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July 28, 2023

U.S. labour’s leading indicators

A comprehensive understanding of where US employment is headed is key for gauging monetary policy
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In-house blogger
Guest blogger
Nicolas Tremel
,
CIIA
Senior Economist and Strategist
Macrobond
All opinions expressed in this content are those of the contributor(s) and do not reflect the views of Macrobond Financial AB.
All written and electronic communication from Macrobond Financial AB is for information or marketing purposes and does not qualify as substantive research.
Editor:

The Federal Reserve raised interest rates by a quarter percentage point on Wednesday, bringing the key policy rate to a range between 5.25 percent and 5.5 percent – a level last seen just prior to the 2007 housing market crash and closer to its expected terminal rate.

Both headline inflation and core inflation, which excludes food and energy, have eased more quickly than expected – reaching 3 percent and 4.8 percent year-on-year respectively in June. These figures remain well above the Fed's 2 percent inflation target, however.

To credibly reach that target, the labour market will need to weaken. Although US unemployment slightly increased to 3.6 percent in June, it is still close to its 50-year low.

For more insight, it’s worth examining the Employment Trends Index (ETI) from the Conference Board and its eight leading indicators of employment. These indicators provide valuable information about job market trends and potential turning points in employment growth or decline – and, by implication, the next stage of central bank monetary policy as well.

The overall ETI decreased by 3 percent year-on-year to a reading of 114 in June, showing that the labour market remains tight and is easing only gradually and slowly.

Let’s take a deeper dive into the ETI’s eight leading indicators of employment and whether they are making positive or negative contributions to that overall index.

1. The percentage of household survey respondents who say they find jobs “hard to get”: positive contribution

In June, this percentage decreased to 12.4 percent – suggesting that the job market is slightly more challenging.

2. Initial claims for unemployment insurance: negative contribution

This figure refers to the number of individuals who filed for unemployment benefits for the first time during a specified period. A higher figure suggests economic distress. This indicator is typically released weekly by the U.S. Department of Labor, and is closely watched by policymakers, economists, and investors.

In the most recent report, initial jobless claims rose 23,500 on a month-on-month basis.

3. Percentage of firms with positions they can’t fill: negative contribution

This indicator measures the degree of hiring difficulty experienced by small businesses. In June, it fell to 42 percent, continuing the descent from peaks above 50 percent in 2021-22.

4. Number of employees hired by the temporary-help industry: negative contribution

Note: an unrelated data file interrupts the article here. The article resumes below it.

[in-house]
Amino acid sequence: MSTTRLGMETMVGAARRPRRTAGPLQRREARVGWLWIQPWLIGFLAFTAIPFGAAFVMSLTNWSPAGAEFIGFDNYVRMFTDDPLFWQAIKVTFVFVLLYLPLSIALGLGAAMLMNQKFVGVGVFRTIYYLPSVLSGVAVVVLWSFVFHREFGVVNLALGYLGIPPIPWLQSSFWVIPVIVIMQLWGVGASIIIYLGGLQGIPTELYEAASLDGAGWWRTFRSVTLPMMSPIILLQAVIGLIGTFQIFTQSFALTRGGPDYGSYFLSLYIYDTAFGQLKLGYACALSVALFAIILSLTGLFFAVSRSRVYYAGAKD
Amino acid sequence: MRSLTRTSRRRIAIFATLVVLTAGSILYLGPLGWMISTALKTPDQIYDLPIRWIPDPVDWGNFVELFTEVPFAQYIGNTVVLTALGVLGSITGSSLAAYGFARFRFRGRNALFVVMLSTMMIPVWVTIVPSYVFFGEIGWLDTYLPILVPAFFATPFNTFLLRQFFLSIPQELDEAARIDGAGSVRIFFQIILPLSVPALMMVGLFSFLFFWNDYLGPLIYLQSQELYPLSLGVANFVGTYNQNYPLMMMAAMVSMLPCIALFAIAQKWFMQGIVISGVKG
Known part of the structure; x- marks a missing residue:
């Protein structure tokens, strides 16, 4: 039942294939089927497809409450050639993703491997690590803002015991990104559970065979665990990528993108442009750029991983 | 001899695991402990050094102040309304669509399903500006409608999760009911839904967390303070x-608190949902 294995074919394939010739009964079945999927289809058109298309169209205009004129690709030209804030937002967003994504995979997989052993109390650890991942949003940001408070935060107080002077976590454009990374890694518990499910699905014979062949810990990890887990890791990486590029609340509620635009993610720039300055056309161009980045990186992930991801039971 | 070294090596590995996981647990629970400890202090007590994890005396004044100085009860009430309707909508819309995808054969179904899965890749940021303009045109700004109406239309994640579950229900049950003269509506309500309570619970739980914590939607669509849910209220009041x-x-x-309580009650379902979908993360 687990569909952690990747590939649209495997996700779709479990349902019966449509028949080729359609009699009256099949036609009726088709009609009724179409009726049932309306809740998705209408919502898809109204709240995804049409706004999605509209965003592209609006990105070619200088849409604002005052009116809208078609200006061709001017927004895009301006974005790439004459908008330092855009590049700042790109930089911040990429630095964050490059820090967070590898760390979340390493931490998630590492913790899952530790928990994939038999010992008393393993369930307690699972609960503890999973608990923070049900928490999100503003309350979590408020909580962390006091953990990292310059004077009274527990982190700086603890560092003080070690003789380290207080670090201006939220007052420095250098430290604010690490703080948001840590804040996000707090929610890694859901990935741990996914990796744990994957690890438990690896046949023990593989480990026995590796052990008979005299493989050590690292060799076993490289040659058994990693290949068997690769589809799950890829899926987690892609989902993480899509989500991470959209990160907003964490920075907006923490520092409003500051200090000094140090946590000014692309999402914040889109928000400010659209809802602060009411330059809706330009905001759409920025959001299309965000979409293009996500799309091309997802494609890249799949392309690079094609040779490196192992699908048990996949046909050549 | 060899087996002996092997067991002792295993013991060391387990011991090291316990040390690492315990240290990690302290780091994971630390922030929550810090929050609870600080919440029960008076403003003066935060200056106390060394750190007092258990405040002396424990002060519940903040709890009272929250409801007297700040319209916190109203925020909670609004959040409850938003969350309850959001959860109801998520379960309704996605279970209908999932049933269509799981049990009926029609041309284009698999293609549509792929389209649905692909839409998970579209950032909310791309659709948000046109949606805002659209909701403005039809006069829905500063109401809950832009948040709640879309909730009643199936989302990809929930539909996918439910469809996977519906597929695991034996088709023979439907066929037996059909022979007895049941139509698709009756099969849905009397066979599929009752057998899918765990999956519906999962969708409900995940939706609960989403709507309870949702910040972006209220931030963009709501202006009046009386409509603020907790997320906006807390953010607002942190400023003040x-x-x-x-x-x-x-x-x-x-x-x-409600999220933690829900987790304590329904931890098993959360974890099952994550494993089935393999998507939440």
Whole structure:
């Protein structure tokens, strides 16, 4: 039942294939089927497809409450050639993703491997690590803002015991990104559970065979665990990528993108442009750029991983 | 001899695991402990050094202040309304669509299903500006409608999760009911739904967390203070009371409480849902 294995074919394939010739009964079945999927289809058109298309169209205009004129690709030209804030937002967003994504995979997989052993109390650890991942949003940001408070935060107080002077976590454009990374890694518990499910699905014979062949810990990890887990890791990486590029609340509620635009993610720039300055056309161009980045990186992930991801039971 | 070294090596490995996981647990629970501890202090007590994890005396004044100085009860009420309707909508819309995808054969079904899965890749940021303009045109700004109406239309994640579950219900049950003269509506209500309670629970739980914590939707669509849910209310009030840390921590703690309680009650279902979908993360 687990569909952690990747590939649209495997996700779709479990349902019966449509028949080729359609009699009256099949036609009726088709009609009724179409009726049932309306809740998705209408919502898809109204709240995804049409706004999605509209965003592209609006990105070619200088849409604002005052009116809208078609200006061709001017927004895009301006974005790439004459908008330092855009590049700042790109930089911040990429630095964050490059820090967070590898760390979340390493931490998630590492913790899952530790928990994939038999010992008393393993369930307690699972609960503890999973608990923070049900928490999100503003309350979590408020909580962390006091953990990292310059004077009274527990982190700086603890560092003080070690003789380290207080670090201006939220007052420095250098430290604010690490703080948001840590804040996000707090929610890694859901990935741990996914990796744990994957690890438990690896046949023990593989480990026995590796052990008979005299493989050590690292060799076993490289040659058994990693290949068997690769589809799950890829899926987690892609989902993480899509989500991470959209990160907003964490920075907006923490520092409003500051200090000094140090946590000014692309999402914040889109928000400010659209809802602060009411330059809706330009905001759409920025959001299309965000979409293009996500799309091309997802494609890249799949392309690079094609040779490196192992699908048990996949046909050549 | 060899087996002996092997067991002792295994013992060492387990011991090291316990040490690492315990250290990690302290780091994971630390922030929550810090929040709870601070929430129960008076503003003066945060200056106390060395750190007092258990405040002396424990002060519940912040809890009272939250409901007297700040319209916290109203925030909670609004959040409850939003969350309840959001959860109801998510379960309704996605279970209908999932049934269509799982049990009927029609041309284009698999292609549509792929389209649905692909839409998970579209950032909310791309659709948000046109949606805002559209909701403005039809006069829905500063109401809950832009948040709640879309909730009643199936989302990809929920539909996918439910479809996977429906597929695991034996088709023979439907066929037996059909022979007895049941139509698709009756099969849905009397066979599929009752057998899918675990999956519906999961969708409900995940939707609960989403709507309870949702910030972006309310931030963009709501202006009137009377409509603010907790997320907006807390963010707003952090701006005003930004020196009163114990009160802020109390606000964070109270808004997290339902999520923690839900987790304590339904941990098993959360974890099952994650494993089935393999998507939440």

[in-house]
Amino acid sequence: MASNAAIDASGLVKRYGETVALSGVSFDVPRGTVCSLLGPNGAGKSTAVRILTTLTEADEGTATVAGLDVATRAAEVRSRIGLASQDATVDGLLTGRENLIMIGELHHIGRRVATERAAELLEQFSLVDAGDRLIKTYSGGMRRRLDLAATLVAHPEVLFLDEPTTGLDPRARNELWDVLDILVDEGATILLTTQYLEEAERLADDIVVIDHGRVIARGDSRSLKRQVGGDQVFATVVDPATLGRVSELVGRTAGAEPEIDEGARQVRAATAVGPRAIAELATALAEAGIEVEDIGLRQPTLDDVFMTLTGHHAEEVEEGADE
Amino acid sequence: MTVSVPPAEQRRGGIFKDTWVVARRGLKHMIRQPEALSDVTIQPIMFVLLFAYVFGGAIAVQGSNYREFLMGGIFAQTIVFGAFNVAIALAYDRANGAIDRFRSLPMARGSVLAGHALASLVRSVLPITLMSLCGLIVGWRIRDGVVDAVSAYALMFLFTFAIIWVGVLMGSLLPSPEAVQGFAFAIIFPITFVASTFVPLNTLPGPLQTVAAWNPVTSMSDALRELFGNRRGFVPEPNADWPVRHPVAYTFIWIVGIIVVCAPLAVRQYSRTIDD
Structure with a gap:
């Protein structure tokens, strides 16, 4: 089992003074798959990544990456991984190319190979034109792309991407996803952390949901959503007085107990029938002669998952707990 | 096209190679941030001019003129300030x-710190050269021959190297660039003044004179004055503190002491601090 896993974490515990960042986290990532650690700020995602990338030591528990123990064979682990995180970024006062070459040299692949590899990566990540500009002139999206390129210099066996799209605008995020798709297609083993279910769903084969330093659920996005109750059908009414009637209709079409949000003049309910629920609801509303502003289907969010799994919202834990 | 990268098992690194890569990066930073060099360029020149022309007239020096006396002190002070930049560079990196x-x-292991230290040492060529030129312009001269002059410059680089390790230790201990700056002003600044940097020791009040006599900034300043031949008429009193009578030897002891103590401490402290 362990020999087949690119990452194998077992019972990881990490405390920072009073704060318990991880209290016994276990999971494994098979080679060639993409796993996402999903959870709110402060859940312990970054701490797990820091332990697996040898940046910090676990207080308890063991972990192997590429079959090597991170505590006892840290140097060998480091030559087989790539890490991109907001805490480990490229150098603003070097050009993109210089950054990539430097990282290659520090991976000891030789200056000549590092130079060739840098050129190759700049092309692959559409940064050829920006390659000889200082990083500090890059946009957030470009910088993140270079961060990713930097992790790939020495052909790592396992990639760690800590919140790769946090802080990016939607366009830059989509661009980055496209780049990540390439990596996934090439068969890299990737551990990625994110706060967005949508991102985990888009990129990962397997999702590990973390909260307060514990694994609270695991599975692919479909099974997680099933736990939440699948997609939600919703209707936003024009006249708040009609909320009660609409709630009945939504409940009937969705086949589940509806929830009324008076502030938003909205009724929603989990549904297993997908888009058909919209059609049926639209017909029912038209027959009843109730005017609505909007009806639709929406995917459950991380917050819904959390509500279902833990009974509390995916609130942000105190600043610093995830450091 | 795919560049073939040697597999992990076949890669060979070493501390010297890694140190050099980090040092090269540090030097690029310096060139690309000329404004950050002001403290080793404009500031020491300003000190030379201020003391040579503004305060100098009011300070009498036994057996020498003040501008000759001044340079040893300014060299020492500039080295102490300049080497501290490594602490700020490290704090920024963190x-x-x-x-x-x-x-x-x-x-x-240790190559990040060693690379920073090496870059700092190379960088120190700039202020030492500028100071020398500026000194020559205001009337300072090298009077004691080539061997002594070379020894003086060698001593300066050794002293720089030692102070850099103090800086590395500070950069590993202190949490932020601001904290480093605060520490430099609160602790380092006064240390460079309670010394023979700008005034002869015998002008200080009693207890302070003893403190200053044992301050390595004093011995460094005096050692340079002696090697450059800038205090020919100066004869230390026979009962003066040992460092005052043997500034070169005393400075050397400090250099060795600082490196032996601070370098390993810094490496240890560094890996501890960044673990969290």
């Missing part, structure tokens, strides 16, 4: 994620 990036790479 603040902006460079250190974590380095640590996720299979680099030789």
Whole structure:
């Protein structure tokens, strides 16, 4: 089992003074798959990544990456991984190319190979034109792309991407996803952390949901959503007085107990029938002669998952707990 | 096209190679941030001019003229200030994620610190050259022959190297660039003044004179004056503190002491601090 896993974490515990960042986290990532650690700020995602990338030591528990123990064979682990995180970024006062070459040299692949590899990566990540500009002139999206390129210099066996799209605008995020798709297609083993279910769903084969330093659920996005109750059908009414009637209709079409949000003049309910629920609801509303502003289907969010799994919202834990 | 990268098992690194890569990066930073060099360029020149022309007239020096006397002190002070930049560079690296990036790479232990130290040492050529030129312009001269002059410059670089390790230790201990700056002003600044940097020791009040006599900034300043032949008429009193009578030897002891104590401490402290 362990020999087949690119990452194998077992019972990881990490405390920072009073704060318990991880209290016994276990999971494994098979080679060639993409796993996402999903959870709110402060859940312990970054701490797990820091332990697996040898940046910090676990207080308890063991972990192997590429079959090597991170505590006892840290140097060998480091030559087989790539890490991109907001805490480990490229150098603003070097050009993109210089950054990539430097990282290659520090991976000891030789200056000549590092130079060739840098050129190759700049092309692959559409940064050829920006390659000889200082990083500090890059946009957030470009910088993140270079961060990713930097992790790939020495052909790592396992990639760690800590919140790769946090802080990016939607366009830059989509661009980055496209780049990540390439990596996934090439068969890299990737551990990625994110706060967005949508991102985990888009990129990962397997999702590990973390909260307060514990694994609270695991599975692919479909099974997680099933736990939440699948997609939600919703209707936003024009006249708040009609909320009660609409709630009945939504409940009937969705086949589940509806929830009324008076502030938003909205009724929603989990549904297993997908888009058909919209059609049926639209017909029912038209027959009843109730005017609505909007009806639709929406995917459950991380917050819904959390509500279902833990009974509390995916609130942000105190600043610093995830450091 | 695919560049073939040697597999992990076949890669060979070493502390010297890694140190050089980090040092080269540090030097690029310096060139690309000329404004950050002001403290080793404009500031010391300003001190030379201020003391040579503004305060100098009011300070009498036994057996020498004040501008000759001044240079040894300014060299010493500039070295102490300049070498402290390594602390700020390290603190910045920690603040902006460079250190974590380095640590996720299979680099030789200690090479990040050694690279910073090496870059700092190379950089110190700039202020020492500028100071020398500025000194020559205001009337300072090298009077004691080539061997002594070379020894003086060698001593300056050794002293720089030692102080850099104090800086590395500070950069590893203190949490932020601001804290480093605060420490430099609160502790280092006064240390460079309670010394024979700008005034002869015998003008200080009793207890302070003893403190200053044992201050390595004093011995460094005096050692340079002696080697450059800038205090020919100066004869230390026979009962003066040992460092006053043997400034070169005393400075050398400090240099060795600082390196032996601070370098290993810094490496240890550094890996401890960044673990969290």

Staffing agencies provide short-term workers to fill in for absent employees, meet seasonal demands or work on specific projects. This indicator reflects the demand for flexible labour and the level of workforce utilisation by businesses. 

A rising figure suggests that businesses are experiencing a surge in demand but aren’t yet committing to long-term hires. However, this indicator fell to 3.01 million in June. 

5. Ratio of involuntarily part-time to all part-time workers: negative contribution

This indicator, collected by the U.S. Bureau of Labor Statistics (BLS), measures the proportion of part-time workers who find themselves in this situation involuntarily. A higher ratio suggests more underemployment, indicating that a larger portion of such workers would prefer more hours or full-time jobs.

The ratio had been hovering near a multi-decade low – but in the latest data, it rose to 16 percent. (Note the inverted axis in the chart.)

6. Job openings: positive contribution

A decline by this indicator would have suggested reduced demand for labour. But in June, this figure increased slightly, reaching 10.1 million.

7. Industrial production index: positive contribution

This crucial economic indicator measures output in sectors from manufacturing to mining and utilities. It’s typically based on the physical quantity of goods produced. To ensure accuracy, the data is seasonally adjusted, eliminating the influence of regular seasonal fluctuations.

Strong and growing industrial production is often associated with economic expansion, job creation, and heightened consumer demand, signifying a thriving economy. Indeed, June industrial production rose 0.3 percent year-on-year. 

8. Real manufacturing and trade sales: positive contribution

This inflation-adjusted indicator serves as a critical gauge of consumer and business spending behavior. Strong sales in this sector are typically associated with economic growth as they indicate higher consumer demand and increased business investment.

In June, this figure increased 2% year-on-year.

In summary, we had four indicators making a positive contribution, and four making a negative contribution. The result: the Conference Board Employment Trends Index (ETI) slipped from a record high, decreasing by 3 percent year on year in June.

This reflects a labour market where tightness is easing, but slowly. Another interest-rate hike in September can’t be ruled out. 

If you have any questions regarding this blog content please email on nicolas.tremel@macrobond.com or reach out to him on LinkedIn.

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